There is nothing like being so completely stirred about something spiritually significant on the wrong occasion before the wrong crowd. You may feel God move in you and want to share it – but when you look about, you would surely be casting elegant pearls amid the milling hillside swine. Some of God’s greatest works not only go uncelebrated by men – they are scoffed at by them. Let me encourage you – that story happened to our Savior as well. Jesus was shoved forcibly to the ground as nails were driven through His flesh – and walking by were busy people with such ambivalence it defies imagination in such a human and painful scene. Add to that, there were those who had never cared for the sick, much less healed them – but they were ready and waiting to be found openly mocking the One Who came to give them hope and life.

I want to take you back to the Cross in this lesson in Matthew 27, for it is where our last lesson in the study of the journey with Jesus ended. I want to remind you that Matthew’s Gospel offered a gripping account in which, just as Jesus’ flesh was torn before the eyes of a crowd, many seemed unaware of the profound nature and power of the scene that was unfolding outside the city gate of Jerusalem that morning. A man was being killed between two others – but there was much more happening there. The very Creator of the universe had put on skin, and was – by an unparalleled act of self-denial – making full payment for the sin of mankind. For most passers-by, He might as well have been a common thief getting his just deserts.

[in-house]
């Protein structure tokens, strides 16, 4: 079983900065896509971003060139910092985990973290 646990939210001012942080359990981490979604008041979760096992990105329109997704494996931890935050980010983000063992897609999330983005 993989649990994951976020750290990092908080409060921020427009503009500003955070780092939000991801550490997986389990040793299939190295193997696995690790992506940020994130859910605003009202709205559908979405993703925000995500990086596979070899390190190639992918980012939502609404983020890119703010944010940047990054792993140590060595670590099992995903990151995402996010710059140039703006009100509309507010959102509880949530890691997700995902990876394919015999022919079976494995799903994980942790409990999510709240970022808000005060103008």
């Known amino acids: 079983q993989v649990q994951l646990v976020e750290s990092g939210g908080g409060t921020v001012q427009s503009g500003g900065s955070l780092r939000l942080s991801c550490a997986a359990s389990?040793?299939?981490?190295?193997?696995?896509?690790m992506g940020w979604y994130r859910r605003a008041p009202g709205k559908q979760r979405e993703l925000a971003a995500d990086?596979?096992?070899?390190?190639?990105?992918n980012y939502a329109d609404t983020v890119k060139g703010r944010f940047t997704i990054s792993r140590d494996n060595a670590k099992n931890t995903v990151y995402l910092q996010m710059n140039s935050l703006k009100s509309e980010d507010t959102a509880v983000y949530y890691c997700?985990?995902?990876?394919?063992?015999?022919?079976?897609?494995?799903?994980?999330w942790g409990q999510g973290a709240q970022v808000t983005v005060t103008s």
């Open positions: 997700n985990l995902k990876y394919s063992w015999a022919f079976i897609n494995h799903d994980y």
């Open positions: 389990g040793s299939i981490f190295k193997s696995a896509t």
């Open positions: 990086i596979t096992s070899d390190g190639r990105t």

Matthew set the scene to make the point people are walking on two dramatically different trails and these paths are leading to two very different places. Let me say it this way:

Key Principle: God sets men free to discover bankruptcy within and truth in HIM, while the enemy coaches men to find truth within that leaves them in bondage.